As the NBA Finals wind down, with the Golden State Warriors and Cleveland Cavaliers both aiming to claim that coveted gilded basketball statue, you'd think that team statistics would outweigh team aesthetics. But with the Cavaliers' LeBron James and his teammate Tristan Thompson showing up to after-game interviews bedecked in mock turtlenecks and chapeaux plucked almost straight from the Django Unchained costume department, it feels like their personal style is as much a game-changer as their jumpshot.
Recently, off-court fashion has been playing a huge part of a pro baller's appeal to fans. Just look to Oklahoma City Thunder point guard Russell Westbrook's penchant for colorful, eye-popping prints that garnered him a design deal with Barneys New York or LeBron James' infamous Vogue cover with supermodel Gisele Bündchen. Distinguishing themselves from droves of equally talented and (ahem) visually arresting opponents, the NBA's most fashionable players have proven that style appeal is as lucrative and culturally significant as a Nike deal. Thing is, while their three-pointers may be effortless, some of these "outfits" just seem like NBA's finest are trying too hard.
Just in time for Game 6 of the Finals, we look at 8 of NBA fashion's worst style offenders. (Trust me, there are more.)
Hats are, like, "a thing" with a Carmelo Anthony, a man who already towers over every gottdang person in
the any room. With a love for dizzying, clashing prints and splashy socks, Melo — as the New York Knicks power forward is called by his wife, LaLa — continually executes no chill when it comes to his wardrobe. It hasn't kept him from recently copping a deal with Nickelodeon to become the "creative director" of the Teenage Mutant Ninja Turtles line of merchandise. "Turtles by Carmelo", though. Why not?
Would you buy bedazzled compression tights from this man?
Me neither, but Barneys New York believes you will, and has put a hefty amount of support behind the showy, albeit adorable, OKC point guard. Endearing himself to millions with the near-clownish cherry red eyeframes during the 2012 NBA Finals, the 26-year-old has turned his spurious fashion sense into real business. I wish he would turn that same drive into real, full-length pants, too.
My main beef with Dwyane Wade is that he has continually made his lovely wife, Gabrielle Union, look suspect on the red carpet. With his merciless infatuation with silk, garish colors, and ill-conceived coral leather moto jackets (bruh, enough with the orange), Wade often clashes miserably with his otherwise elegant date while trying to make fashion risks that hardly pay off.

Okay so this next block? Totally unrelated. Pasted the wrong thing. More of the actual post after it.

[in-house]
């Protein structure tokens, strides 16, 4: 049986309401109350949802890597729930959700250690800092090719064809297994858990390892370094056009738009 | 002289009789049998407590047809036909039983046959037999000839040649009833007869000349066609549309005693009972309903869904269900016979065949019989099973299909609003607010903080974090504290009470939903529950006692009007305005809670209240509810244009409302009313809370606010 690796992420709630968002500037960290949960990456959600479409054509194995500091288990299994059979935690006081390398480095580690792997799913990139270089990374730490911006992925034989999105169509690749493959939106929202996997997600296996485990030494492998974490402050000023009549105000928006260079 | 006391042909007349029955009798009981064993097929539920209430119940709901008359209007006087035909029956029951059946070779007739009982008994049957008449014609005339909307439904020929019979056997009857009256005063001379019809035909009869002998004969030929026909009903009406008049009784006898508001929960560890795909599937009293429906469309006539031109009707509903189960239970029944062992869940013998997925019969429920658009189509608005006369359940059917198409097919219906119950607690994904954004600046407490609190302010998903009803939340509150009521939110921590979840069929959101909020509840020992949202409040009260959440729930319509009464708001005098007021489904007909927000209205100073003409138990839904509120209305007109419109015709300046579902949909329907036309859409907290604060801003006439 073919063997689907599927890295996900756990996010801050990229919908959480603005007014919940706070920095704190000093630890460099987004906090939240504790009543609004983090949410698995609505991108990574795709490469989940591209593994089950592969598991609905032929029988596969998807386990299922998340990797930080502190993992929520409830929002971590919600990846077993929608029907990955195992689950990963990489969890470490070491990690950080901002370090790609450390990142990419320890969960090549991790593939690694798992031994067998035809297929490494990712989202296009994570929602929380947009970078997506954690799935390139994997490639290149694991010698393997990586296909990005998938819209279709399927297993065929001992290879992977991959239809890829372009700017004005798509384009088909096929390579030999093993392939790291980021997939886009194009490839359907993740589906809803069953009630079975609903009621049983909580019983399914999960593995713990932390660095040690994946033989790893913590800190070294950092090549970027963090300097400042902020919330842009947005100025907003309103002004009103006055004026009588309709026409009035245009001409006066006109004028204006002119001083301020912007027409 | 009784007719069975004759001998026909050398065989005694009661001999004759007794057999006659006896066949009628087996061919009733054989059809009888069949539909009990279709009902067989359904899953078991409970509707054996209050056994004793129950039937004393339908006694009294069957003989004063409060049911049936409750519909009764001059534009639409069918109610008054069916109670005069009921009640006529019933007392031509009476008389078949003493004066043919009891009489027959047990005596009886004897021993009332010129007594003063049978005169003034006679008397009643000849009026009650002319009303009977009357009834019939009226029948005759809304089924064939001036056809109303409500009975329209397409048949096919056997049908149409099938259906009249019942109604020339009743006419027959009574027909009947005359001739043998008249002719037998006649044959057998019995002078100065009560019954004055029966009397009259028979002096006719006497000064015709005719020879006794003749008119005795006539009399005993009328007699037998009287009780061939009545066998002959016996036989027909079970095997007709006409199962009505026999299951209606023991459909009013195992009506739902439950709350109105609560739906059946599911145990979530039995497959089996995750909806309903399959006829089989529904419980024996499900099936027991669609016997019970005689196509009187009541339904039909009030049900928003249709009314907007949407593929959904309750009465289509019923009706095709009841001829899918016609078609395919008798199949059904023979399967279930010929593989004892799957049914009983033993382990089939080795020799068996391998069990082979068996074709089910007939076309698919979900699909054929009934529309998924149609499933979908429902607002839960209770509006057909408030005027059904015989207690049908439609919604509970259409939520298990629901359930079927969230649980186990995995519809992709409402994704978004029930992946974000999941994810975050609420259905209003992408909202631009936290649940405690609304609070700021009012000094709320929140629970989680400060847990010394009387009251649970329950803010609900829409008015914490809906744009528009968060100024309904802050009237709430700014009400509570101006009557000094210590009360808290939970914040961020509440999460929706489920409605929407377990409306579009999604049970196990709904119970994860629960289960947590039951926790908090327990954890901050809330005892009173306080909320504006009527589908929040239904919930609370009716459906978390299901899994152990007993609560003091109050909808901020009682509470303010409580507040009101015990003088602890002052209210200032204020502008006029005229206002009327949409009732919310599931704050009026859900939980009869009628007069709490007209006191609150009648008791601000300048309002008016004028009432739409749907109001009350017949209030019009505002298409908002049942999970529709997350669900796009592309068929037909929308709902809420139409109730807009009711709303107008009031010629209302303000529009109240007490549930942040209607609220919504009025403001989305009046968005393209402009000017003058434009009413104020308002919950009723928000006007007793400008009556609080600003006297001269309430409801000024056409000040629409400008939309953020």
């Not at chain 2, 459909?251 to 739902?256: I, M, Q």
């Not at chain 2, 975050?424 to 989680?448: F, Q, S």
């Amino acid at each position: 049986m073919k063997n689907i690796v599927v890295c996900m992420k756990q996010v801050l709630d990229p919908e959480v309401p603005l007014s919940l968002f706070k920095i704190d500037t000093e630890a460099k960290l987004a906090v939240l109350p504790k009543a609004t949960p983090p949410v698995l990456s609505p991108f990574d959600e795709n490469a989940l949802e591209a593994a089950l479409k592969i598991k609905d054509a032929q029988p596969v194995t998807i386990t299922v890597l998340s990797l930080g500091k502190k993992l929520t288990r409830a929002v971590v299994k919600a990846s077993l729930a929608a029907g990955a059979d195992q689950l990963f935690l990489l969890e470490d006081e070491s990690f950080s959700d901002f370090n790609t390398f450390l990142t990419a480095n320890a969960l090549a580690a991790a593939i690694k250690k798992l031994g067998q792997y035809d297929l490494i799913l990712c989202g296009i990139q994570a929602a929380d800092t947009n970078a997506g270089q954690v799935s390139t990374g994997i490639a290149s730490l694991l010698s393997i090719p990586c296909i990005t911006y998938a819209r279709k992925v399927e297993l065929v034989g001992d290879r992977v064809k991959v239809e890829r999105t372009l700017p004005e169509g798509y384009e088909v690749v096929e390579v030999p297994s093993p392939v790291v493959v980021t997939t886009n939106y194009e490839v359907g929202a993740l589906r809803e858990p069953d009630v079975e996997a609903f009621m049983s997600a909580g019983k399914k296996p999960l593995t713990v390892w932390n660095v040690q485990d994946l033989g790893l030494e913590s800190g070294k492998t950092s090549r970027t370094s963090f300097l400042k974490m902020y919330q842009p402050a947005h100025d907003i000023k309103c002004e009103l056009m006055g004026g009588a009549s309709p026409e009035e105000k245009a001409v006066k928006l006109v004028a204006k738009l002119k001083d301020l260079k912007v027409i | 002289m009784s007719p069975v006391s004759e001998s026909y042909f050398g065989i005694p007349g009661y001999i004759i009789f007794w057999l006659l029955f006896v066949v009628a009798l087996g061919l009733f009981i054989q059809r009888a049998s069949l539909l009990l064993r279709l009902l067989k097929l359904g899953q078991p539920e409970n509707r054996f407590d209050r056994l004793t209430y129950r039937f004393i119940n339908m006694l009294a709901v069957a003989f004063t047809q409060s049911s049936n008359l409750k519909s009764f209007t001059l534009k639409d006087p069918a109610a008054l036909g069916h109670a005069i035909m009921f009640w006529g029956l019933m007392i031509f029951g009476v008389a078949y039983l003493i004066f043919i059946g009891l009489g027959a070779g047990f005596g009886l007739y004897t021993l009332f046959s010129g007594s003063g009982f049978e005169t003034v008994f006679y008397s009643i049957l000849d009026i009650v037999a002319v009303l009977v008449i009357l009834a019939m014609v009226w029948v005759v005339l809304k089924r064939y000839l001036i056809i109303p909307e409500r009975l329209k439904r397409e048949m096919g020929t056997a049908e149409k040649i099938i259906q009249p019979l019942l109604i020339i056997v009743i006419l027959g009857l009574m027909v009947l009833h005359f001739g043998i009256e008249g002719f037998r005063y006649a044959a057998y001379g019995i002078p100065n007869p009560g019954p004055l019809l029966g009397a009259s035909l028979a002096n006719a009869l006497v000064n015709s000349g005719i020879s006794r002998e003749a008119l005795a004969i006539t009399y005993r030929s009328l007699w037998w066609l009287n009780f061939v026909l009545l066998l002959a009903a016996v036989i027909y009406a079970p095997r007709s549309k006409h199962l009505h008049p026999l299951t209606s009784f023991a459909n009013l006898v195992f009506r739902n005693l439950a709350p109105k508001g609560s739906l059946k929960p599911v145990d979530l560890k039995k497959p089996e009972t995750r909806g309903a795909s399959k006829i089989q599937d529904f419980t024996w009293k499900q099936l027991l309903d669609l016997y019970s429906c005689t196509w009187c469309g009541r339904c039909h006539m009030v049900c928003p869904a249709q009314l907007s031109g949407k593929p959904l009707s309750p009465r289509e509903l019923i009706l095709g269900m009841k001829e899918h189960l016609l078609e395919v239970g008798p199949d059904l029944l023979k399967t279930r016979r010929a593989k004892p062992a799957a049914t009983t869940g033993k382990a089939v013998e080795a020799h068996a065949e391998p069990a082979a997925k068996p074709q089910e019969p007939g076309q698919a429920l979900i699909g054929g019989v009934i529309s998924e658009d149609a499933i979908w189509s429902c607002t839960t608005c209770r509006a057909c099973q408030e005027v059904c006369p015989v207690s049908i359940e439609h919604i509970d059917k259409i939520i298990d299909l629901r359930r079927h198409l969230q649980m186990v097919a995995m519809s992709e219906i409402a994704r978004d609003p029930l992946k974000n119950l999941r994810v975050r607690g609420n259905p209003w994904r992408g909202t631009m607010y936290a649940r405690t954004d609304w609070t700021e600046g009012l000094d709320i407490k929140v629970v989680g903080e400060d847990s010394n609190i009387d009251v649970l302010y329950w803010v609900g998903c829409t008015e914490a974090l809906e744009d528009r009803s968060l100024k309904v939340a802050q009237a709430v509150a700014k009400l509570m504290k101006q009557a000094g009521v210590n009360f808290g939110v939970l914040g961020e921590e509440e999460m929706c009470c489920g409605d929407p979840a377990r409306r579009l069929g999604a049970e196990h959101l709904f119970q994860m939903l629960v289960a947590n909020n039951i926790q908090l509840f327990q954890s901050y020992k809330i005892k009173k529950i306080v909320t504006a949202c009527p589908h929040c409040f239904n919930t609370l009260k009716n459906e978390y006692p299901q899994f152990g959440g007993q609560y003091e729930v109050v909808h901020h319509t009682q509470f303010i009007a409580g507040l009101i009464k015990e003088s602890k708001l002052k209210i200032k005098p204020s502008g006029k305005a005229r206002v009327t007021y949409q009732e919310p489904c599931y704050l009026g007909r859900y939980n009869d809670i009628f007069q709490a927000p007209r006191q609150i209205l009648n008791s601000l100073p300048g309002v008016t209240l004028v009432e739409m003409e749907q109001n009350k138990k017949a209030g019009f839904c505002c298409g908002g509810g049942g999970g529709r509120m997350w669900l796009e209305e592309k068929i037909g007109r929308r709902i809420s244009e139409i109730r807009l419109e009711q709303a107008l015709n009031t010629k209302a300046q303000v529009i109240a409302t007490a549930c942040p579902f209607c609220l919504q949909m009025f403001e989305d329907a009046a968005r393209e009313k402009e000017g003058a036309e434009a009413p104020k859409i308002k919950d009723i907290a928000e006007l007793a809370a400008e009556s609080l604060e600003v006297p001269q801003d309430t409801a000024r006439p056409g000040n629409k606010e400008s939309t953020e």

In 2011 the then-New York Knicks darling Amar'e Stoudemire taught Vogue's European Editor-at-Large Hamish Bowles to "slam dunk." That, admittedly, was adorable.
What would transpire next in Stoudemire's fashion escapades were less so: Hooded fur vests WORN INSIDE, a scourge of bow ties, and silk shantung suiting? Despite having developed a short-lived womenswear fashion line with Rachel Roy, Stoudemire really didn't pick up much in the ways of dressing for his own body.
The problem is Mr. Shumpert's barber. This man, whoever he is, is not honest. He is lying to the 24-year-old Cleveland Cavalier shooting guard. Like, a lot. Because the hairstyle has reworked Shumpert's body into the shape of a pencil. Interestingly enough, the 'do manages to overpower the clashing prints and the pedal pushers that hardly budge from Shumpert's calves. So, that's saying a lot.
There are life decisions that James Harden has made that I can't stand behind: The dumping of Amber Rose and the three he's committed above. I'm not sure if Harden has an amazing sense of humor I'm just not picking up on or his odd panache of camo pants, bright sneakers, long button-ups buttoned to the top, and that stance is a "lewk".
All I know is that his beard is the best thing going for him, which in essence means the Houston Rockets shooting guard need not shave. Ever.
Tristan is cute, if misguided. The Cleveland Cavaliers power forward is 24 years old, in his first playoffs, apparently making more money than he knows what to do with, and spending that cash on specious chapeaus.
Looking like any other blipster headed into a speak-easy on a Friday night, Thompson is actually headed to shoot hoops. I would mock him more for this silly charade of his if I didn't want to give him my phone number so badly.
This is LeBron in paisley shantung suiting.
This is LeBron in a red silk tux.
This is LeBron in Tom Ford suiting and a mock turtleneck.
I bring these all up to show a certain progression which is working for a man who wore this sweater only two years ago and infamously wore this suit twelve years ago:
Game recognizes game.
While my critiques may be harsh, it is admittedly fascinating to watch men — especially black men — toy with gender and race binaries when it comes to their attire. Sauntering into sports arenas in custom Tom Ford suits these players do debunk myths around representation despite their oftentimes garish execution. But directing focus away from the court, from the very extraordinary skill that distinguishes these men from every other smartly dressed laymen on this planet, means they might take their eye off the all-important ball.
Marjon Carlos is a style and culture writer for Fusion who boasts a strong turtleneck game and opinions on the subjects of fashion, gender, race, pop culture, and men's footwear.